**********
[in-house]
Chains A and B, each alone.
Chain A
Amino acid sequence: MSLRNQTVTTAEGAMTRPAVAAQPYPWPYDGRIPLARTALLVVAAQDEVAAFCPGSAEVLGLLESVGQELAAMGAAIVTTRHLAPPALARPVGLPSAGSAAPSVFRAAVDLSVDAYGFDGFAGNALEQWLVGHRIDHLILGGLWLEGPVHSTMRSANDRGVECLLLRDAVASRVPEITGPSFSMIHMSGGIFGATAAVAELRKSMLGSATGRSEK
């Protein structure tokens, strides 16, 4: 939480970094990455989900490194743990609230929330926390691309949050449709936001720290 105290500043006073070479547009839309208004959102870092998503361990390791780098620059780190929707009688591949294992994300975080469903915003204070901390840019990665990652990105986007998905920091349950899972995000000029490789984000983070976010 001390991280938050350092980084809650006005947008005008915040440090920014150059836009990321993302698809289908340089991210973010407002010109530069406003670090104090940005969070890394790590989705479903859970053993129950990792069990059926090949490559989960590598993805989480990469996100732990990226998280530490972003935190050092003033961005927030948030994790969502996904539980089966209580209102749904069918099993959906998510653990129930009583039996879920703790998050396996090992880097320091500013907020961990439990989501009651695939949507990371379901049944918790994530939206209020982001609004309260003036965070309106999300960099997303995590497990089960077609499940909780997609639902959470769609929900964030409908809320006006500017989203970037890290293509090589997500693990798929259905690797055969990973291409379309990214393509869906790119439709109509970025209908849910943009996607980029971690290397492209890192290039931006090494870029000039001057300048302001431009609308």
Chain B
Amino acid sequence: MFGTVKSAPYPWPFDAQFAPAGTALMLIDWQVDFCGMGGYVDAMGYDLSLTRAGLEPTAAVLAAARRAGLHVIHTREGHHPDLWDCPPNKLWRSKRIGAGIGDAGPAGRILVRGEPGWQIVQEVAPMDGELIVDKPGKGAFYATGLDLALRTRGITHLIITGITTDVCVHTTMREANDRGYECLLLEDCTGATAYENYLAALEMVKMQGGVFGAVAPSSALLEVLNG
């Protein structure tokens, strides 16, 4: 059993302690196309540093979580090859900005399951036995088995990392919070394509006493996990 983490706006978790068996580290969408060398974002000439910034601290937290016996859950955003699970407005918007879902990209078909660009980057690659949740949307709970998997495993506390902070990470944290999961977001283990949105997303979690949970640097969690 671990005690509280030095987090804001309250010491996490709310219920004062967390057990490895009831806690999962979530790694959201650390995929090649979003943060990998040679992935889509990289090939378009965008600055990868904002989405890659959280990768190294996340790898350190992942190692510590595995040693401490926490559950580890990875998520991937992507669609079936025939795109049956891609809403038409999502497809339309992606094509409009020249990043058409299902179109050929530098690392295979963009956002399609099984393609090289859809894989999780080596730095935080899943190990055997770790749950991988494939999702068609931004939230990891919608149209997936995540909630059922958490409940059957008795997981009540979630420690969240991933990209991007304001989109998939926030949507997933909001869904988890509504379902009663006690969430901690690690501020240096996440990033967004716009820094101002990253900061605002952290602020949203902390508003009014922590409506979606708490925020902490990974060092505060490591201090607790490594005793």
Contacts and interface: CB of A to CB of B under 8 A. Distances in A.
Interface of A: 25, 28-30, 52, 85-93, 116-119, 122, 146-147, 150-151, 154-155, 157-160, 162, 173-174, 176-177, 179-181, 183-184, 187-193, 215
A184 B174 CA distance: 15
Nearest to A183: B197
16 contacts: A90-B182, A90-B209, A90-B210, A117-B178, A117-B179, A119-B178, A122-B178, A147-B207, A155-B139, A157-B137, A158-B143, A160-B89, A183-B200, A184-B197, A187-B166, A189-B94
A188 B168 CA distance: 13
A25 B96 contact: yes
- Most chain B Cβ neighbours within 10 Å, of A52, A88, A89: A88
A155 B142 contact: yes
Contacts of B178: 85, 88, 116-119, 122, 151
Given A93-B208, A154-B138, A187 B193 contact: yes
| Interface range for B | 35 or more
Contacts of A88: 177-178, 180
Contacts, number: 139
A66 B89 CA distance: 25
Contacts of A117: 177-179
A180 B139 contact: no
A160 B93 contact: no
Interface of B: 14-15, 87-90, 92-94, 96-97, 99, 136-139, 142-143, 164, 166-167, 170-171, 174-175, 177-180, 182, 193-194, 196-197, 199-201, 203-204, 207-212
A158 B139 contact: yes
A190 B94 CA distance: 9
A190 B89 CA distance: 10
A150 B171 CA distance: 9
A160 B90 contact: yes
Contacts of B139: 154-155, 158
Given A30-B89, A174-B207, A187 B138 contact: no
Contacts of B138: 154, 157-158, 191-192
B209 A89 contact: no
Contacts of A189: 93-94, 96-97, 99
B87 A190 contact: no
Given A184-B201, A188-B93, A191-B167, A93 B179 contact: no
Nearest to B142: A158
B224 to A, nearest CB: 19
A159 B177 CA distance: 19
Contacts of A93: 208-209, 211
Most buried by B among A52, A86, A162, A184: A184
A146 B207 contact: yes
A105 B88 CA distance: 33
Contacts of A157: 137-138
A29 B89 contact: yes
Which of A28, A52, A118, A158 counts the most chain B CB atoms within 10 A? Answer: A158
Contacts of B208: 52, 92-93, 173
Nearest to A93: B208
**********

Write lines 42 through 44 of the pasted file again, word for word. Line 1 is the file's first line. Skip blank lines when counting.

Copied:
A159 B177 CA distance: 19
Contacts of A93: 208-209, 211
Most buried by B among A52, A86, A162, A184: A184